The tricky thing about relationships (and not the ones you’re thinking about)

I don’t know what your childhood was like, but when I was a kid, the world was divided into very few categories. The people I knew were either friends, family, that amorphous mass that comprises my extended family, and teachers.

That was it.

Fast forward twenty years.

Now I have online friends and local friends, I have my husband, my family, and my extended family. I have the small business owners whose services I use on a frequent basis. I have a boss, a business partner, an illustrator, and a whole bunch of clients.

With each of these comes a whole slew of behavioral codes.  Each group has its own hierarchies, its own set of taboos, its own set of social niceties to observe, its own set of rituals. Some of them are pretty universal: “Hey, how’s it going? Really? Cool. By the way, are you coming to the spoken word event on Friday? Awesome.”

Others are more personalized: random pictures of clouds at four in the morning, articles on serial killers sent to my inbox without further explanation, or hyper-focused questions out of the blue on pricing or contract work.

The more complicated a character’s life is, the more complicated his or her relationships will become. Soon you have to keep track of who knows who, who knows what, who sits where in each hierarchy, and what might be taboo in one circle or another.

This is how reality works. Unfortunately, it’s also tricky to pull off with writing. Every new character comes with their own list of things the reader will need to understand about that character and their relationship to the rest of the story, and it’s very easy to overload the reader on information. So here are some ideas for making that a little bit easier:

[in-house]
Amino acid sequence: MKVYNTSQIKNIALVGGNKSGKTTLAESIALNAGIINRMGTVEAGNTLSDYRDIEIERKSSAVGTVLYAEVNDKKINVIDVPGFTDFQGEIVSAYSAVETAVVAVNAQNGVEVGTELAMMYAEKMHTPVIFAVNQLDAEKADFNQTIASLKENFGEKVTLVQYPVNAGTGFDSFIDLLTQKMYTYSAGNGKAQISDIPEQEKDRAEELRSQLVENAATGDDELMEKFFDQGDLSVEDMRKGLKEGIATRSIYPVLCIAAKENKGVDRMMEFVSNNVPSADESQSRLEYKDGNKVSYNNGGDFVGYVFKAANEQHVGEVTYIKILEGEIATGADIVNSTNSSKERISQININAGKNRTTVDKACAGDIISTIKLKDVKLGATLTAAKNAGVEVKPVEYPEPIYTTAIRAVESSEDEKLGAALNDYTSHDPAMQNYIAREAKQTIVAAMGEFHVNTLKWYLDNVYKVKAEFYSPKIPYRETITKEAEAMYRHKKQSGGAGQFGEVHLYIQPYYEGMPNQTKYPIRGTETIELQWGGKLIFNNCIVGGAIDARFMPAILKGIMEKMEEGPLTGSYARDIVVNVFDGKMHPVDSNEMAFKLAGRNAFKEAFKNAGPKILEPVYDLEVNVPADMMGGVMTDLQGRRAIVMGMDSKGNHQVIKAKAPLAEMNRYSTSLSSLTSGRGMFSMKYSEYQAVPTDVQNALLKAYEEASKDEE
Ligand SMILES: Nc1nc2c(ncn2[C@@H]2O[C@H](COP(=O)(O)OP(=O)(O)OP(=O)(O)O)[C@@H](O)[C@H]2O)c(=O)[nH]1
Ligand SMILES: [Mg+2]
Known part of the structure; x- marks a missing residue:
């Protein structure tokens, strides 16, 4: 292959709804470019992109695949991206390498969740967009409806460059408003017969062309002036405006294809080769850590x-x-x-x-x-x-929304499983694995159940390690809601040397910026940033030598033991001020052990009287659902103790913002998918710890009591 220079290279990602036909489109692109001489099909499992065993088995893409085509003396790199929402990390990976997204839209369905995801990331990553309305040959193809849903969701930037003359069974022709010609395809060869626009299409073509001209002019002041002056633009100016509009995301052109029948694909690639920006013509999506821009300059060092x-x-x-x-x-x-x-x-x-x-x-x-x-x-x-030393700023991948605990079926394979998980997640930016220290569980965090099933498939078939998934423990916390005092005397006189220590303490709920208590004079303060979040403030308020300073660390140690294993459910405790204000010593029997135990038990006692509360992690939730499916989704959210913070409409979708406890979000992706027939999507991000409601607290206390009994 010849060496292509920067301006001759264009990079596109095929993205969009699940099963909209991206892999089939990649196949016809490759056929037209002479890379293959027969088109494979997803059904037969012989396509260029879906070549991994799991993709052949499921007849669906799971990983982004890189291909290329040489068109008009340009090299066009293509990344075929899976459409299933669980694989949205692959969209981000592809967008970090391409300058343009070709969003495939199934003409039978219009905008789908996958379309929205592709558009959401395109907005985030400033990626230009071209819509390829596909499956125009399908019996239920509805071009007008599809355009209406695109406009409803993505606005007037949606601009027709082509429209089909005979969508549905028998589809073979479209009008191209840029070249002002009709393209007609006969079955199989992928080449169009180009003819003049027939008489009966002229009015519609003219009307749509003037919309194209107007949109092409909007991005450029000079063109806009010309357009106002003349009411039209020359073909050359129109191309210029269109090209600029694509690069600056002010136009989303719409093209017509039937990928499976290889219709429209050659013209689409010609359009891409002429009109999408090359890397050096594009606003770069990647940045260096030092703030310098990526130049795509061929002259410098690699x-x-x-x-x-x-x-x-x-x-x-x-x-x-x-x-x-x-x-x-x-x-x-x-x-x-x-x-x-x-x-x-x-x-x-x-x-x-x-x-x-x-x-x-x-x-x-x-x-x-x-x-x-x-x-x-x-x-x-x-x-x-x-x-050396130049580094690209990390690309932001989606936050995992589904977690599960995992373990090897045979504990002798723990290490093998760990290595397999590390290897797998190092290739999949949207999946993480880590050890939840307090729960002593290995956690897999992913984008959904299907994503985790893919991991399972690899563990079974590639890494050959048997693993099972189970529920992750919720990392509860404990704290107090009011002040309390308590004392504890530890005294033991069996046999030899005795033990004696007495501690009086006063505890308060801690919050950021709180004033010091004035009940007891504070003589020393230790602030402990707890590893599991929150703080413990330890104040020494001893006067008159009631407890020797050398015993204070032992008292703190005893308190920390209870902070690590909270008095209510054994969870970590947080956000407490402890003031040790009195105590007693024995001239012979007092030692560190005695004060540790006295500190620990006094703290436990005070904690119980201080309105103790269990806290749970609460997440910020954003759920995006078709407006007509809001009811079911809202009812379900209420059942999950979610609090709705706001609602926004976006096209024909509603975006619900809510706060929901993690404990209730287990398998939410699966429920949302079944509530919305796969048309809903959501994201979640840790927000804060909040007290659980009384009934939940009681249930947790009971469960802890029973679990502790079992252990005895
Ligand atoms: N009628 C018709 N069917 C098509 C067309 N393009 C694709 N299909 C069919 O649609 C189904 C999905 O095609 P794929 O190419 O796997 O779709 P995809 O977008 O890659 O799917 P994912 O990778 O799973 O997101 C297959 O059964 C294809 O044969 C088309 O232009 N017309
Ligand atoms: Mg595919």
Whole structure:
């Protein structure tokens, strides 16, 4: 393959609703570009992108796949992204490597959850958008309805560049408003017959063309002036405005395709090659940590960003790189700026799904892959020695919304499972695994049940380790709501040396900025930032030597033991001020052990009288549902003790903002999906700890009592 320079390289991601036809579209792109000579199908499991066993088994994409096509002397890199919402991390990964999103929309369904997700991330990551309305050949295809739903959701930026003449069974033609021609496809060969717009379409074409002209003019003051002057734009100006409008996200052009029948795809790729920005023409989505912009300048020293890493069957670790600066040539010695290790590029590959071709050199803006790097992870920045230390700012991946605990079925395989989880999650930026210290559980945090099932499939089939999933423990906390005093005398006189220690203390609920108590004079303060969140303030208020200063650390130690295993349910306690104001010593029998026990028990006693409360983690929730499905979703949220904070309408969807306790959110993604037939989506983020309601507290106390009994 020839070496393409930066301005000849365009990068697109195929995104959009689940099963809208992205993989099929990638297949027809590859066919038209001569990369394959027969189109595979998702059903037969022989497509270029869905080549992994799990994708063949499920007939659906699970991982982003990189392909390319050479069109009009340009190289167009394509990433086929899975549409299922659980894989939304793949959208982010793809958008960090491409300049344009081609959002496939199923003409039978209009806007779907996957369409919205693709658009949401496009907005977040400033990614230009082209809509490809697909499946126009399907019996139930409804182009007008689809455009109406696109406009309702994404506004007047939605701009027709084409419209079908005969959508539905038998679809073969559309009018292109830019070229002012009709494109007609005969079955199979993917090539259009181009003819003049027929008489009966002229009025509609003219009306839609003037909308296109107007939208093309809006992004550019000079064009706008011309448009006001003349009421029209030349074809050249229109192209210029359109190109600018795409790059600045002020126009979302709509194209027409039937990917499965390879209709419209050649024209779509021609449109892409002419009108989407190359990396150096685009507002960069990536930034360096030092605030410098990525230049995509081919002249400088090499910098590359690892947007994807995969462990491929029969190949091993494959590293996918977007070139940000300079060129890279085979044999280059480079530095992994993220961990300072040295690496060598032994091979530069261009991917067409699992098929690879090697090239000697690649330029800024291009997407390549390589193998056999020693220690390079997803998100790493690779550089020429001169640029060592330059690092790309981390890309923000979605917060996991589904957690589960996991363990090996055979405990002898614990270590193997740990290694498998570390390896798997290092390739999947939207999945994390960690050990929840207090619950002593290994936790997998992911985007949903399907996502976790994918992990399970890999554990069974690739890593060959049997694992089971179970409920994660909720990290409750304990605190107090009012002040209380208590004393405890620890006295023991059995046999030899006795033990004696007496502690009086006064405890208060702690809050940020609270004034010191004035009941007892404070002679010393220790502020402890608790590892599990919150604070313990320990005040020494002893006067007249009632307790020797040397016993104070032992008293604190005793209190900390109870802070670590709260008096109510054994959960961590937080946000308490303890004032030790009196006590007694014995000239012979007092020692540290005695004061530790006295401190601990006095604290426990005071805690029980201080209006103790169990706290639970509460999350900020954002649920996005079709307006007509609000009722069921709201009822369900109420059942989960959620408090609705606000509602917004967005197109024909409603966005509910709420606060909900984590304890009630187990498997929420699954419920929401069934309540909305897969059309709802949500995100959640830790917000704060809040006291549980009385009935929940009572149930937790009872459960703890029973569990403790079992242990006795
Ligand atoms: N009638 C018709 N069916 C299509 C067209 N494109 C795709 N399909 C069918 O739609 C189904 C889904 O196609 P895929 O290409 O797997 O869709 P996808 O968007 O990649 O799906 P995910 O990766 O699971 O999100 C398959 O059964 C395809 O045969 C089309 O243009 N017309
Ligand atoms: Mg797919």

• Combine characters. Especially the ones who only do one or two things, like getting the protagonist across town or delivering specific information– turn that handful of people into a single person who does all those jobs. Added bonus: that character becomes deeper and more interesting as you mash all the previous one-off characters together.
  • Introduce the characters slowly. Don’t front-load us with characters. Bring each person in as they become relevant. If you need to mention someone beforehand, consider referring to them by an identifier: “My boss called me in today,” or “My butcher got me a sweet deal on these deals.” You can properly introduce that person when they make their first significant appearance.
  • Prune your story. Does a given character assist the entire story, or only a single subplot? Subplots are fun, but at times they can suck attention and energy away from the big picture. Know when to whip out the garden shears and cut out inessential scenes, subplots, and characters.

Do you have other tricks for cutting down on extraneous characters? Do you have relationships now that you didn’t expect to have when you were a kid? Tell us about it in the comments!

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